Now, in your head, I’m sure you’re saying ‘well that’s obvious, we all care about performance’, and really that’s a good place to start. After all, the Broadband Forum recently published ‘TR-398: Wi-Fi In-Premise Performance Test Plan’, so it’s right there in the title. Like all things, however, the devil hides in the details – and performance testing requires a lot of details…
he Federal Communications Commission has announced it will expand broadband internet services to more than 106,000 rural homes and businesses across 43 states. Nine states – Arkansas, Arizona, Montana, North Dakota, Nebraska, New Mexico, South Dakota, Utah and Wyoming – will see the number of locations with high-speed internet available through the Connect America program double as part of the FCC’s latest expansion effort.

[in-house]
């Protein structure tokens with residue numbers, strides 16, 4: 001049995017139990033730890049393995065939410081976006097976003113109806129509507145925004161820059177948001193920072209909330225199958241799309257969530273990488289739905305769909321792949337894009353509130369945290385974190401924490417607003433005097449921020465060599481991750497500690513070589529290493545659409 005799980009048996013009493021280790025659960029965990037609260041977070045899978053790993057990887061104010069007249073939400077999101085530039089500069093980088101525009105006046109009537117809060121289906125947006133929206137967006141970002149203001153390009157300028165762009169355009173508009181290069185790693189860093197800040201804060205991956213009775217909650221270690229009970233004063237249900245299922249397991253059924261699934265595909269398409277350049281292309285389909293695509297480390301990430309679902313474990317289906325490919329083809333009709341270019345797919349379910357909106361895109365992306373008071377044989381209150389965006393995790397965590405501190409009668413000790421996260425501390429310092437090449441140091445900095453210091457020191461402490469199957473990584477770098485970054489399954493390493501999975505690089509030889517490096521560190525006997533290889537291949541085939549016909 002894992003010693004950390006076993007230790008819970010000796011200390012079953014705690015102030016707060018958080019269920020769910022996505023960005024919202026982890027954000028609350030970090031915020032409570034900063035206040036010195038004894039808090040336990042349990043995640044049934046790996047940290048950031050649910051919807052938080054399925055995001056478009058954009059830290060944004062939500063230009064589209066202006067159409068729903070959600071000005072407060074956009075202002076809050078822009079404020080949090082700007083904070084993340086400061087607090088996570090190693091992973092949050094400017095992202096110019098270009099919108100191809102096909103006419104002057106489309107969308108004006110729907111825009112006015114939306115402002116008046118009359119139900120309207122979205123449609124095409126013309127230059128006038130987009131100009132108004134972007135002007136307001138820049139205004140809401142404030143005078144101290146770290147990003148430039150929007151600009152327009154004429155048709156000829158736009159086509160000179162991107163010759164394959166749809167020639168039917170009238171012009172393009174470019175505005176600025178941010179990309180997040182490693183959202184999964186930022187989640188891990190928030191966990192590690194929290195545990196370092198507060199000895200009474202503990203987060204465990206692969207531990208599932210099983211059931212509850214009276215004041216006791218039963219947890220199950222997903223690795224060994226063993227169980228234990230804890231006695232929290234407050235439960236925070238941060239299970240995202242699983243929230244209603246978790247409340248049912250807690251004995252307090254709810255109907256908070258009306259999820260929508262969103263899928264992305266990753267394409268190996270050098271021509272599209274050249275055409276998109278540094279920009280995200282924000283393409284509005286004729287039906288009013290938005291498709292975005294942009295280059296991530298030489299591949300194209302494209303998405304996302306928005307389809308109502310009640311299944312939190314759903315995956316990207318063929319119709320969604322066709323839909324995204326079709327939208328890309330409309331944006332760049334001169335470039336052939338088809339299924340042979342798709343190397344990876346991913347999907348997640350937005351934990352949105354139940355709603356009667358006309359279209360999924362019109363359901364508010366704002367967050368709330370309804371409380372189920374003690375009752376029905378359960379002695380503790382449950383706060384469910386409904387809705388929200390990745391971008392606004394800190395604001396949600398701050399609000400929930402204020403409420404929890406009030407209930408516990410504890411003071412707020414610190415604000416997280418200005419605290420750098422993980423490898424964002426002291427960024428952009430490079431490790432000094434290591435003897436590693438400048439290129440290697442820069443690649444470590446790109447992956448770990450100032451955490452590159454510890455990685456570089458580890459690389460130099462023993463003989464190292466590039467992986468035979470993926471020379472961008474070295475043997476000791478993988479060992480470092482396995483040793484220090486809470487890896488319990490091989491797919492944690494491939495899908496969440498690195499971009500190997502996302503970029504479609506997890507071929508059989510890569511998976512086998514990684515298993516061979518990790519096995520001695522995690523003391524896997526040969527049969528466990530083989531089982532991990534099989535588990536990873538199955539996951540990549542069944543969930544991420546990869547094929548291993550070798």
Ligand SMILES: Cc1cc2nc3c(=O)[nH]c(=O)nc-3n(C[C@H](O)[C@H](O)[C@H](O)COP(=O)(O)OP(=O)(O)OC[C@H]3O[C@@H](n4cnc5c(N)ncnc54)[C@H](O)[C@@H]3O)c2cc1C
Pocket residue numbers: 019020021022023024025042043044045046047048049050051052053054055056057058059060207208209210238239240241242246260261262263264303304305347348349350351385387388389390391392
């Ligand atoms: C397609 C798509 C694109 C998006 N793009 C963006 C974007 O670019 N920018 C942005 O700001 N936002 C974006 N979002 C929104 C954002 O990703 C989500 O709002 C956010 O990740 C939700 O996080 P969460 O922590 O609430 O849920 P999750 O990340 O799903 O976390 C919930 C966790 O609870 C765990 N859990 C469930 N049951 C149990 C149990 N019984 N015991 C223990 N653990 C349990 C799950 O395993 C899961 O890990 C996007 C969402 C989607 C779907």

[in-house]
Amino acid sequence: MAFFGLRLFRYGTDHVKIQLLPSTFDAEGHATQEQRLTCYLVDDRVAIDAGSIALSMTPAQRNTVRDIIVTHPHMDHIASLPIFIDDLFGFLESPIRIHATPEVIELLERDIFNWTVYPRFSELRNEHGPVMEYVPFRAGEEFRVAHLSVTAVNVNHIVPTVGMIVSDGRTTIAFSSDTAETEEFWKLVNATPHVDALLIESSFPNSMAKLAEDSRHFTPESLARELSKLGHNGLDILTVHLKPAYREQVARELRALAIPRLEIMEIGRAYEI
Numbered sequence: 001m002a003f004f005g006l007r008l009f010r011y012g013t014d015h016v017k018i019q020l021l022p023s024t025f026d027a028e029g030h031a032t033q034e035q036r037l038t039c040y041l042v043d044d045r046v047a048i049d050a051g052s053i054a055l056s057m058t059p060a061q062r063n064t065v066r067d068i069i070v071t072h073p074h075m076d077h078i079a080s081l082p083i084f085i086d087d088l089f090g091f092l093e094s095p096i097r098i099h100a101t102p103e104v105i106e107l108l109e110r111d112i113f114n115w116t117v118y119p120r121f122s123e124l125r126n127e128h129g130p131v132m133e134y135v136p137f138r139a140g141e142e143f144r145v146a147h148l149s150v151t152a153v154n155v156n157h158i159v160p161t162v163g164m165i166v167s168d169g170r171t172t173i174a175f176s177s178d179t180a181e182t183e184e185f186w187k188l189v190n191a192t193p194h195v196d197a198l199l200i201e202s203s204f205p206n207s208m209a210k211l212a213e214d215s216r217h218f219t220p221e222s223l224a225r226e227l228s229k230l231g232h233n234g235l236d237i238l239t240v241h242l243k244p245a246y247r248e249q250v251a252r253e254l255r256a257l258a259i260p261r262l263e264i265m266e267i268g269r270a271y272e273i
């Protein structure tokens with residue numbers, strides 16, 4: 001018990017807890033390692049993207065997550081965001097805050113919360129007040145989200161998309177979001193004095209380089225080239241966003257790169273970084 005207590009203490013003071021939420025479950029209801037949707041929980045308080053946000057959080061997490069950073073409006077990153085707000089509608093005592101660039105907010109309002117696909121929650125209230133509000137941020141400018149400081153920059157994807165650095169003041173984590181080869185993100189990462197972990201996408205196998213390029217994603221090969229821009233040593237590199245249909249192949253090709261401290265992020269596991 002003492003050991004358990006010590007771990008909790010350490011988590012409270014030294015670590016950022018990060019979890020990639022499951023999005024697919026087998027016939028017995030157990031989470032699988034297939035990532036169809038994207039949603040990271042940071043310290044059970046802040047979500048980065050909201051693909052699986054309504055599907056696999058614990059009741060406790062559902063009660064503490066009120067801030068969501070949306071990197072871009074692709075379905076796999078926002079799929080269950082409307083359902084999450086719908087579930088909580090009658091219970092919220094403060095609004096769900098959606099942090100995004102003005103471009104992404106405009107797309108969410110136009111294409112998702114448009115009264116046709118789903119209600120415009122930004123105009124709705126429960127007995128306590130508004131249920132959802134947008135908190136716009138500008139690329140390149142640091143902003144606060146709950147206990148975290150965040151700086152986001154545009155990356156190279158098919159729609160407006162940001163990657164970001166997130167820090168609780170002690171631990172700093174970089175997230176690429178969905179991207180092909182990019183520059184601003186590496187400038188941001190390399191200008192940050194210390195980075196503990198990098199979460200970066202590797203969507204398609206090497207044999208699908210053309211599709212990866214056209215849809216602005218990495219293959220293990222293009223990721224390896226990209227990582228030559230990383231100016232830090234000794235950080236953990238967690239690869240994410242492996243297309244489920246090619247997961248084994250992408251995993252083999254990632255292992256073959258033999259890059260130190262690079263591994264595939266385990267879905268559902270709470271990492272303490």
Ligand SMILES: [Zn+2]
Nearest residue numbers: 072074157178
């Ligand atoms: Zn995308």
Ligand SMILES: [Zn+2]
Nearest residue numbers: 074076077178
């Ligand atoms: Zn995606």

The most recent round of rural broadband development comes just months after the FCC announced it would allocate an additional $67 million per year to rural broadband initiatives. Much of that funding is delivered through the Connect America Fund, which offers cash to encourage internet providers to ditch outdated legacy systems in favor of high-speed offerings.
According to the commission, a total of 186 companies are participating in the program and have accepted funds. As part of the agreement, those companies will have to deploy broadband internet, defined as 25Mpbs download speeds and 3Mpbs upload speeds, to 40 percent of the locations they serve by 2022. They will then have to expand offering by 10 percent each year until buildout is complete by the end of 2028.